Review by Michael Witt

Miguel Duarte’s Grammatology of the Nymph offers a set of five interrelated poetic audiovisual studies exploring the representation of the female body in two monumental non-normative works of art history, Warburg’s Mnemosyne and Godard’s Histoire(s) du cinéma. Very little in-depth comparative work has been conducted on these two projects to date, let alone in experimental audiovisual form. Duarte’s ambitious series of exploratory voyages into the two projects charts and examines numerous points of similarity and convergence, and opens avenues for further work. It is a dense piece dealing with two seminal projects that rewards close attention and multiple viewings.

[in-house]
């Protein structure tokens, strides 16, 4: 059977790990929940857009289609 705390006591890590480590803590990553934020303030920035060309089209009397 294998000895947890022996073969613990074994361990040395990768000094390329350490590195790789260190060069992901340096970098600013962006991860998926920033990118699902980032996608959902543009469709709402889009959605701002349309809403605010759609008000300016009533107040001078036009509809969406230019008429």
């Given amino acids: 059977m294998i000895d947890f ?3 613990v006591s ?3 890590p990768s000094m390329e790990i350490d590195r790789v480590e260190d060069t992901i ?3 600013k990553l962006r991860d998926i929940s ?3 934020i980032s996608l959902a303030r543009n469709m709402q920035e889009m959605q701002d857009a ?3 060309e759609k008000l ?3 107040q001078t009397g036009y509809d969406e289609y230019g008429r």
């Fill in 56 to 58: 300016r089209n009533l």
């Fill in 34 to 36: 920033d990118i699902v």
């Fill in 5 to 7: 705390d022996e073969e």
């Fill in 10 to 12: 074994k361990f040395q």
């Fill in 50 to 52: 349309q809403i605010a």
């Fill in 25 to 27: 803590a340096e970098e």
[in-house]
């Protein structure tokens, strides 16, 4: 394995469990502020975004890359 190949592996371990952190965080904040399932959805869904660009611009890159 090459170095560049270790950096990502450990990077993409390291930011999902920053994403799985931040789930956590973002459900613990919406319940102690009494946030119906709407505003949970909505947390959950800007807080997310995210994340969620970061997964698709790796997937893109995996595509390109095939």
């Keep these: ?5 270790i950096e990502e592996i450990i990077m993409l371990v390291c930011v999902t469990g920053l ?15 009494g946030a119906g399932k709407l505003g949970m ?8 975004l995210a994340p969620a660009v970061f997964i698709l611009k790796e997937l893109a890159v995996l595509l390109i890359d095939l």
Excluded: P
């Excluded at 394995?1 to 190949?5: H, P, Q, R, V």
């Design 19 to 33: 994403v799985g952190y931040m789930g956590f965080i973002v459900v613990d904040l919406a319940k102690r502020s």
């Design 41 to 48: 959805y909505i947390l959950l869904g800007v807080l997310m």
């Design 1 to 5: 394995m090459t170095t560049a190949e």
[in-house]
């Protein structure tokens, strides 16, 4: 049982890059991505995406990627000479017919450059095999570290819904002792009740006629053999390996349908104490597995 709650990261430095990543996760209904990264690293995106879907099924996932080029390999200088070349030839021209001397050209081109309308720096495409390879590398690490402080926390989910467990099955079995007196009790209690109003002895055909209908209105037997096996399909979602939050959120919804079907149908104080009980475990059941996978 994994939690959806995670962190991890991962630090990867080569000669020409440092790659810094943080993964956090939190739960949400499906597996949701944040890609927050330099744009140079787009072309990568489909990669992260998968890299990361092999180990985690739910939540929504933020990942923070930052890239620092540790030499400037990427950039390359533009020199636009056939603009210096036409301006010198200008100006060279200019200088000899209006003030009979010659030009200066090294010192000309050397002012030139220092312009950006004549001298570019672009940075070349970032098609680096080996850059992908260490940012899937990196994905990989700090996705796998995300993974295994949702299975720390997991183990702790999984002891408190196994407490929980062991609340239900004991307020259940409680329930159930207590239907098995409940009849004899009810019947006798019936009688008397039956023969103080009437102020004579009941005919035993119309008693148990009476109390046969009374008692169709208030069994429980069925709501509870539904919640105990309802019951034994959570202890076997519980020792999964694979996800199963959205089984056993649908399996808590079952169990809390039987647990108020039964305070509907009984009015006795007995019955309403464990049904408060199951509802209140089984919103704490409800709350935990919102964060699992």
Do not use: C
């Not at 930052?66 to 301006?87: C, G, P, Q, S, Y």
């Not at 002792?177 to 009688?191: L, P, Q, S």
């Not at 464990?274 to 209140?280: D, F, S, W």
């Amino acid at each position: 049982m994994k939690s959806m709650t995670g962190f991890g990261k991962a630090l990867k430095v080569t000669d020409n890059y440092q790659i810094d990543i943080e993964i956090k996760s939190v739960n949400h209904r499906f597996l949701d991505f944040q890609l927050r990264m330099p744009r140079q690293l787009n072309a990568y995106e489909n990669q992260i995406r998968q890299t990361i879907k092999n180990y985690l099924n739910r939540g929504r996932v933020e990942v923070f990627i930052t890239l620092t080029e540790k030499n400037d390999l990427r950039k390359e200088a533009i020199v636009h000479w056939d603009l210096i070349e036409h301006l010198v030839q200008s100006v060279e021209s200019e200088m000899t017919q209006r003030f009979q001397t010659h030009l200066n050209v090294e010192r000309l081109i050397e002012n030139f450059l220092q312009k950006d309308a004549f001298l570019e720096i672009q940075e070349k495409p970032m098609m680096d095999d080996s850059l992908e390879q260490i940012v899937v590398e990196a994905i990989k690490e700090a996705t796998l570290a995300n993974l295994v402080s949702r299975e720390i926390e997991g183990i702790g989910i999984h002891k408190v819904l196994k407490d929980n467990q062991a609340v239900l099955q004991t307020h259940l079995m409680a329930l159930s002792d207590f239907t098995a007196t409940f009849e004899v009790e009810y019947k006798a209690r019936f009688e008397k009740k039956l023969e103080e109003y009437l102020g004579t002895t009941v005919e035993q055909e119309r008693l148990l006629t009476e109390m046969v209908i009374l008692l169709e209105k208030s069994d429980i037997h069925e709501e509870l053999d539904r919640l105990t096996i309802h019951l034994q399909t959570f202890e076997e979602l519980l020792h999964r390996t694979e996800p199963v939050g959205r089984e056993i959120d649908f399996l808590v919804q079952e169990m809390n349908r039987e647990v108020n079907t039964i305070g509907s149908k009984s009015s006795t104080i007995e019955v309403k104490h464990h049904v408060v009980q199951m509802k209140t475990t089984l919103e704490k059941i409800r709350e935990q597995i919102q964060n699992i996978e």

From a formal perspective, Duarte employs a wide range of creative-critical audiovisual tools, which vary considerably from one study (or ‘variation’) to the next. His audiovisual intervention in and reworking of Godard’s dense montages offers an original way of entering into and opening up Histoire(s) du cinéma for questioning and comparative analysis. His strategy of isolating and animating fragments from Mnemosyne, and setting these in tension with sections of Histoire(s) du cinéma, offers a simple but highly effective way of foregrounding and exploring selected motifs and themes across the two projects. His achievement is to have devised an experimental audiovisual laboratory that enables the viewer to consider the two projects - and the representation of the female body within them – from the perspective of the other.